People are social animals, so the social networks can provide a ton of experiences that they crave. People like fatty foods and sugary drinks, but over-indulging can make them obese due to their lack of nourishing foods and drink. The same goes for social networks, which can distract them with amusing but mindless fare but deprive them of the solid information and communication they need to be productive. The web already provides effective ways to communicate with your friends, business associates, and other people organizations. Information is used to inform, educate, and entertain, but it appears that social networks overdo the entertain role and short the inform and educate roles.

All of the above goes double (or more) for teenagers, who usually have a lot of time and highly value being popular. Additionally, they haven’t yet developed a full set of values that allows them to distinguish good from bad, and avoid the bad. They might profit from a couple of pieces of homespun advice. Remember that much “Web Wisdom” is worth only what you pay for it. And “Believe nothing that you hear and only half of what you see”.

YouTube Takes Bigger Slice of Overall Television Pie

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Google is certainly getting a lot out of the $1.76 billion they spent buying YouTube almost exactly 10 years ago today. As of early 2013 YouTube was experiencing one billion unique viiewes/visitors every month, nearly one out of every two people on the Internet, use it for myriad purposes. Anyone at all can upload or watch videos of cats or dancing babies, and Google benefits because it can charge advertisers to put ads adjacent to those videos.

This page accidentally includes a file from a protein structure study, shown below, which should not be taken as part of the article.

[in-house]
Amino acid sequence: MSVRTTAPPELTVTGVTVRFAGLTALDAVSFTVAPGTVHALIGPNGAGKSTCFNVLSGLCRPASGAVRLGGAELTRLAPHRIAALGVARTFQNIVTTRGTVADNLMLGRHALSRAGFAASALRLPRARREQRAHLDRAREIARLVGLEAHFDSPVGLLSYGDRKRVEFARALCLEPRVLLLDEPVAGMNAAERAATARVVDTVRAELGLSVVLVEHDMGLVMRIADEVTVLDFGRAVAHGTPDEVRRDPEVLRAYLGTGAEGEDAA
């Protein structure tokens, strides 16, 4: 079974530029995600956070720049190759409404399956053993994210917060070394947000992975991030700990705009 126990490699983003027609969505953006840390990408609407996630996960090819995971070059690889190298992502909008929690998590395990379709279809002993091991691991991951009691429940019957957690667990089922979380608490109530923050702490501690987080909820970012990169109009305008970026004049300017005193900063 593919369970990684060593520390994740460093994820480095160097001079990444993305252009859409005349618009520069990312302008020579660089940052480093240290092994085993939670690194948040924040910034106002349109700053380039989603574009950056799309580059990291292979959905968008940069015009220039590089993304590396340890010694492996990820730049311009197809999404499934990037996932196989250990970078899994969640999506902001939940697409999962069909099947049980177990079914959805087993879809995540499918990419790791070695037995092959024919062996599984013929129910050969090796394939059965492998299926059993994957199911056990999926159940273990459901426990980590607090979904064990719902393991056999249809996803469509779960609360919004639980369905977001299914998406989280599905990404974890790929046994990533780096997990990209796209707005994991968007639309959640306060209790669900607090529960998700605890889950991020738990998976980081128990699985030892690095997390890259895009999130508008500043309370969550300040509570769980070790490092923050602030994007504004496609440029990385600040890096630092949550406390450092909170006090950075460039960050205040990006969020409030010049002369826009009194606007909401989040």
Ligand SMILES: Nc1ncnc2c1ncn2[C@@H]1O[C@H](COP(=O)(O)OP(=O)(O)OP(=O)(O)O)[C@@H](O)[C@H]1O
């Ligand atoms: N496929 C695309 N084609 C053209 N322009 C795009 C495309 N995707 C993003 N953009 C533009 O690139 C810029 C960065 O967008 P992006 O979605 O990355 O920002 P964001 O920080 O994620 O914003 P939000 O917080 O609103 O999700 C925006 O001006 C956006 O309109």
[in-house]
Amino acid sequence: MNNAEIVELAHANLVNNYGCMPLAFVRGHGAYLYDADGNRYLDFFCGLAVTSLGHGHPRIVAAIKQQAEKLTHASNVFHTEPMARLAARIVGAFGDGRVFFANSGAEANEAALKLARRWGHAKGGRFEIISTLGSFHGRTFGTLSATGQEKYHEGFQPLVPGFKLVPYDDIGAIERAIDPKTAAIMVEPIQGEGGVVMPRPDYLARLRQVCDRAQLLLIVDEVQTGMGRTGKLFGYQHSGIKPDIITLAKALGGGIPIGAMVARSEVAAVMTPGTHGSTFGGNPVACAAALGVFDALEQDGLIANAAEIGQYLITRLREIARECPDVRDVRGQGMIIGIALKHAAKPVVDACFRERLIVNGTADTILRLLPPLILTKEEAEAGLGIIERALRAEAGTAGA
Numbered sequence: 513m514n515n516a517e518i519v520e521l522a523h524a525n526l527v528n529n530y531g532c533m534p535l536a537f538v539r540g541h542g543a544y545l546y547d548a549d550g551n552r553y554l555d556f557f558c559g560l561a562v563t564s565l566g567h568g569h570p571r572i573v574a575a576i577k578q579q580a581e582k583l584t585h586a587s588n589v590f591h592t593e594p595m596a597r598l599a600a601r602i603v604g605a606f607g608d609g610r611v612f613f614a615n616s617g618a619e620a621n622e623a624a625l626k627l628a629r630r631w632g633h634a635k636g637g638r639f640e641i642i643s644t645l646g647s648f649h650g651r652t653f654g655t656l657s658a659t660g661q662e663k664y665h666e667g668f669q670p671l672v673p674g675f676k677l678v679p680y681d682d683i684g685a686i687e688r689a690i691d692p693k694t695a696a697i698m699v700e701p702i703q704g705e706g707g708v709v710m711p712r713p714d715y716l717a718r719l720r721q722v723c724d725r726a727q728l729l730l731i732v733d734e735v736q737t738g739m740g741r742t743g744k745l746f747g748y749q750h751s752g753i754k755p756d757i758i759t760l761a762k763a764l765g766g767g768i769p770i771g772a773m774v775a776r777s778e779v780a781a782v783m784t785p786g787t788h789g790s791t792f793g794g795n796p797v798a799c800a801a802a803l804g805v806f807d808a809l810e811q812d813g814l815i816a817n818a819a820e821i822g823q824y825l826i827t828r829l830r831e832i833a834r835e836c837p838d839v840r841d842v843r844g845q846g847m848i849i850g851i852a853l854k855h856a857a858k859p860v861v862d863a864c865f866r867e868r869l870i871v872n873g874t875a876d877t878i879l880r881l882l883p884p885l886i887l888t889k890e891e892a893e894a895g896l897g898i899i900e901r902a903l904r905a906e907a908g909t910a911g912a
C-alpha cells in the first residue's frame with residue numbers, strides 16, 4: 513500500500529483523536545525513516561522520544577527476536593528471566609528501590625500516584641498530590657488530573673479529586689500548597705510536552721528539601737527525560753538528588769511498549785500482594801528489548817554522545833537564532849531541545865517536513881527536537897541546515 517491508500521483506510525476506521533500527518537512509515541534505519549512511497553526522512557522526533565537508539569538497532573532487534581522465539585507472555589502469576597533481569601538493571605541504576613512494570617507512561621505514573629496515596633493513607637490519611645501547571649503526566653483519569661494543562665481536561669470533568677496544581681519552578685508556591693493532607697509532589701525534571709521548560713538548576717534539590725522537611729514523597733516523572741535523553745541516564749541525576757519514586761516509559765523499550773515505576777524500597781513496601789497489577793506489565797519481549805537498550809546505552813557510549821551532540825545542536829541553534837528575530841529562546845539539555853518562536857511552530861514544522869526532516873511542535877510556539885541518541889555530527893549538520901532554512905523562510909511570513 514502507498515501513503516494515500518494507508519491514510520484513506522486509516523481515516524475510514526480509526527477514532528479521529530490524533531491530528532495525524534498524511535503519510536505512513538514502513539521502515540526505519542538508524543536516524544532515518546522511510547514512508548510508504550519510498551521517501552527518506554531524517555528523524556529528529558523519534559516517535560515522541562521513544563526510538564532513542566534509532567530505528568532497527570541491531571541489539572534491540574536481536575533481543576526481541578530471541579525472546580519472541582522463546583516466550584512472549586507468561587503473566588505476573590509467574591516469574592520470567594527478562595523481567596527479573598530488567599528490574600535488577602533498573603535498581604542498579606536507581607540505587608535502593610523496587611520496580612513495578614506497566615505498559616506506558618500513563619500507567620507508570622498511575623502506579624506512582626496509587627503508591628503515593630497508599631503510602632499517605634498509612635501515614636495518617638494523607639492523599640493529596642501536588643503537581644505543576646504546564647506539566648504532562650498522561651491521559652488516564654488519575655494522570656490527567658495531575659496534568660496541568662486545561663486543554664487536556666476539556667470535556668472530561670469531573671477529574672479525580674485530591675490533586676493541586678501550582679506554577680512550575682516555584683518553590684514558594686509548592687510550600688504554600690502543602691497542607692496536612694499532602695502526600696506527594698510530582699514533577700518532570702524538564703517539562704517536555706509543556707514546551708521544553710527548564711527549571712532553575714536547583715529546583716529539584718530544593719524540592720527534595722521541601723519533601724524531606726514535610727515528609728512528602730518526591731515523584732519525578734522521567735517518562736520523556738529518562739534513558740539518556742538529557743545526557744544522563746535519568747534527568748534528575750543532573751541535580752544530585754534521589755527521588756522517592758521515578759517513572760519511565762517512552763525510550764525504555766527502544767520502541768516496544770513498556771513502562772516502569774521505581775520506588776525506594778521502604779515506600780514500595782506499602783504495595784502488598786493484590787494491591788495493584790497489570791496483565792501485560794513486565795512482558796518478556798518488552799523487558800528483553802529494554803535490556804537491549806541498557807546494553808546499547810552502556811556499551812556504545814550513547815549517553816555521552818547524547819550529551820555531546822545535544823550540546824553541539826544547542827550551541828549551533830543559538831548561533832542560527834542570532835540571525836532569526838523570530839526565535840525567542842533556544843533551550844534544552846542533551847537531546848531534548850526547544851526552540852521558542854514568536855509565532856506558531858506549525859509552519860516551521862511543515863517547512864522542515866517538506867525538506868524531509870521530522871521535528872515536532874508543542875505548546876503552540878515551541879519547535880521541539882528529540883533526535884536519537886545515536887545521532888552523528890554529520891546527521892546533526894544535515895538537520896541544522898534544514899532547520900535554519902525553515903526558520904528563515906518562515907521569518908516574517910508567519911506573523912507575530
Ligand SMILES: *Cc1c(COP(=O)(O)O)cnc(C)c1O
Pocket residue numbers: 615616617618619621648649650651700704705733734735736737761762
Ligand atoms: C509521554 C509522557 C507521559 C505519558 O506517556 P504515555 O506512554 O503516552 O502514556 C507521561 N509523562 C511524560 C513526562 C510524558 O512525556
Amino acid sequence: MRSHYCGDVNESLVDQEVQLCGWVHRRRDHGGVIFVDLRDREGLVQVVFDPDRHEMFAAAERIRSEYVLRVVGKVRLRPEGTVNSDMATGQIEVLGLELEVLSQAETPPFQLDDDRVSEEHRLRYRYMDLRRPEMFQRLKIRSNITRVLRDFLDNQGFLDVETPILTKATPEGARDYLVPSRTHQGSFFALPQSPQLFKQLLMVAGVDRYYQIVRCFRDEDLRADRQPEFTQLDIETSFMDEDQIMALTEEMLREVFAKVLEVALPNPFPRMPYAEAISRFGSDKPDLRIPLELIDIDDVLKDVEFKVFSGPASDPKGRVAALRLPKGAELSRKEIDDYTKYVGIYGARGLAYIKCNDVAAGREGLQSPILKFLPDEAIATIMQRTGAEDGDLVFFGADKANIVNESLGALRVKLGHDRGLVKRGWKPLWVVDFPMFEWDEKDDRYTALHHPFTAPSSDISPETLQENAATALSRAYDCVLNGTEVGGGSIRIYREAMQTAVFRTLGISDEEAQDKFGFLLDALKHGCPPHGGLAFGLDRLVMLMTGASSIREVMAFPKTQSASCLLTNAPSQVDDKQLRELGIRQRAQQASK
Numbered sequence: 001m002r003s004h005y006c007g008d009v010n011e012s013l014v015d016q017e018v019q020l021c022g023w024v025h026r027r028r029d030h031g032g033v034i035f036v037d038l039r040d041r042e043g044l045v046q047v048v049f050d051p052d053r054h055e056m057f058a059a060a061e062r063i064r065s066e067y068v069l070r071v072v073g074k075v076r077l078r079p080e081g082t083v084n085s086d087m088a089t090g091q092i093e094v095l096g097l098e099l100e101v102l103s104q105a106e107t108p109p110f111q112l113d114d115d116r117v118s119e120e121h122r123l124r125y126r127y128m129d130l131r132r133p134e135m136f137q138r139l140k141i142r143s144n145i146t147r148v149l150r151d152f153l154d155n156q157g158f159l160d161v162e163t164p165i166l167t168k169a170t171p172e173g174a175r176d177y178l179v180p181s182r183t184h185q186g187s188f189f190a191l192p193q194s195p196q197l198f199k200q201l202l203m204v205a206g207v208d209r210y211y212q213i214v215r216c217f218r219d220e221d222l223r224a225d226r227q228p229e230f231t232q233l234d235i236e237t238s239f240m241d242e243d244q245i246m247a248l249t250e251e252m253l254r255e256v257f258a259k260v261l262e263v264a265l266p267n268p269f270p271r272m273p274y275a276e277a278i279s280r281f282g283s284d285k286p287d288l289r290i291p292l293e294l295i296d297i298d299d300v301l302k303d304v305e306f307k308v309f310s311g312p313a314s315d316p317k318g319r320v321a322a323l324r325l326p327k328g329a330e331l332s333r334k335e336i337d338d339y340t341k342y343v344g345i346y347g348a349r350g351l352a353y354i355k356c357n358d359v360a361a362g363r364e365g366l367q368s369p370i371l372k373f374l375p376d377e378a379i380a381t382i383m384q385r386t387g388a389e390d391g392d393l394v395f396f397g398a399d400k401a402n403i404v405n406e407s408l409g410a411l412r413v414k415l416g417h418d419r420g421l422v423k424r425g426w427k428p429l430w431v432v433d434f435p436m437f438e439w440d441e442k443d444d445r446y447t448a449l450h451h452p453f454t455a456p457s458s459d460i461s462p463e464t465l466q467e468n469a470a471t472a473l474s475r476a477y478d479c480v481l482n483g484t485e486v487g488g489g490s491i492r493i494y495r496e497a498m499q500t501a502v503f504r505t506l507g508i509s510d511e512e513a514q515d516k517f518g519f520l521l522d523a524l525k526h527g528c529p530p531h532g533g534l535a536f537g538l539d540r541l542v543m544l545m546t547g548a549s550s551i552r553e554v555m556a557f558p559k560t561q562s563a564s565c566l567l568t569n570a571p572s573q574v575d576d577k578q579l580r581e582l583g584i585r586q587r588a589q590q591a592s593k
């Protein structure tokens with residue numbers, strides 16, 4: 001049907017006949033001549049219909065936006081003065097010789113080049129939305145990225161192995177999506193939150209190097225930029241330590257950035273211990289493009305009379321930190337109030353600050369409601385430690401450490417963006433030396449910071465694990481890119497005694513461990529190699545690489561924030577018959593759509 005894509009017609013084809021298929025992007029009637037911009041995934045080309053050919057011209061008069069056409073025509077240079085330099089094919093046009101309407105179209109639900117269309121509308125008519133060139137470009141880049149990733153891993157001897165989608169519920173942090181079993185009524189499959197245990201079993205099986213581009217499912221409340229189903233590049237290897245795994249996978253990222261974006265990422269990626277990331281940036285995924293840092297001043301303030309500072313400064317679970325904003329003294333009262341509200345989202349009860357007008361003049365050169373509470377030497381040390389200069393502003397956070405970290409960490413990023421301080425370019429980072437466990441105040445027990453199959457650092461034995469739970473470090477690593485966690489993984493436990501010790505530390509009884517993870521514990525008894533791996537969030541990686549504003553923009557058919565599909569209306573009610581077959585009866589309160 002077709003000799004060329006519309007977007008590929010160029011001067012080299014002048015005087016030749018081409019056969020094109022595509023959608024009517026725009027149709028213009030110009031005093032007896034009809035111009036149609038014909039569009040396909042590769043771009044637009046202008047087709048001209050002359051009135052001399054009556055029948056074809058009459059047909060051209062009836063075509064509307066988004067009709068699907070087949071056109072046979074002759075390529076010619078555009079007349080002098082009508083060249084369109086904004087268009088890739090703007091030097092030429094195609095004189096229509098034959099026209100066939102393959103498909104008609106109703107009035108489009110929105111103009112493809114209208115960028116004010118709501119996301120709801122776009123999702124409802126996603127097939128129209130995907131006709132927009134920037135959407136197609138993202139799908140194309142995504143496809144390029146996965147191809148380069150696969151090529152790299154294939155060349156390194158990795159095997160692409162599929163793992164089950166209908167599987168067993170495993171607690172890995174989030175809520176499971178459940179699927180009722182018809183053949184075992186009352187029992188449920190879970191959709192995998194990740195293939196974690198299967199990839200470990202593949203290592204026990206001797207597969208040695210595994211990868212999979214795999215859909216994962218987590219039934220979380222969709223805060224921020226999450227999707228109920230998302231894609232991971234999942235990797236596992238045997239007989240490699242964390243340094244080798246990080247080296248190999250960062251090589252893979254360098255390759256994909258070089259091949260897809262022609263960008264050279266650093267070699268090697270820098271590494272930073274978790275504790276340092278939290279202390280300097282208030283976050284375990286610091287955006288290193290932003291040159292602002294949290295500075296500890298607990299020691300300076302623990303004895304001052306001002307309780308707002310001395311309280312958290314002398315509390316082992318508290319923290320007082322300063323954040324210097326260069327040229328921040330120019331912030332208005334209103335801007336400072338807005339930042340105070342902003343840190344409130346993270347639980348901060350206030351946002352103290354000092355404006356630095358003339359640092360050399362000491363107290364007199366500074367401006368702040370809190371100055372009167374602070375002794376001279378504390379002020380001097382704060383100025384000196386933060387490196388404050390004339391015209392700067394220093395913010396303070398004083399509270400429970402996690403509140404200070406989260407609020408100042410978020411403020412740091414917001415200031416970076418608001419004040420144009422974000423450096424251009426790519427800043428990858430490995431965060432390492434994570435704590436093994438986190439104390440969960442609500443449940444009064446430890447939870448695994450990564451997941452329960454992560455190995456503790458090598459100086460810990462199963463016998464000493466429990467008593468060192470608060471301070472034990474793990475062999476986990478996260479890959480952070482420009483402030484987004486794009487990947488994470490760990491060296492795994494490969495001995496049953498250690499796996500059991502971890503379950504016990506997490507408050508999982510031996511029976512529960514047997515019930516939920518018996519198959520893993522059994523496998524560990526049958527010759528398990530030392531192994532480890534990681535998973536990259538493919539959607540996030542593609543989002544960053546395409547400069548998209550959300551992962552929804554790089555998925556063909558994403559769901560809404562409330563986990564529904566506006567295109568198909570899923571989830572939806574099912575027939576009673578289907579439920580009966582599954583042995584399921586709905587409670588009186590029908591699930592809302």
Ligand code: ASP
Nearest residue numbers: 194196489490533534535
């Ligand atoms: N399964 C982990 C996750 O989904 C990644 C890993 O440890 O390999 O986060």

But either Google had great vision a decade ago or they have more recently realized that they have a great medium, arguably better than conventional television. However, a recent study by Nielsen and Google shows that YouTube and conventional (“linear”) TV may be more complementary than competitive. People are watching TV on YouTube and they are watching YouTube on their TVs, so the gap between the two media is shrinking. In fact, it is shrinking so much that Google has just signed up CBS for its imminent web TV service. And, notwithstanding some folks’ criticisms of CBS, its leader seems to be pretty savvy.

Facebook and Google Create New Homeless People in Silicon Valley in 2016

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They may not be sleeping on park benches, but they’ll never be able to afford a house in Silicon Valley. That’s because the household-word high-tech companies (Apple, Facebook, Google, et al) in the San Francisco Bay Area are adding jobs but no one is adding commensurate numbers of housing units, and the prices of homes is skyrocketing.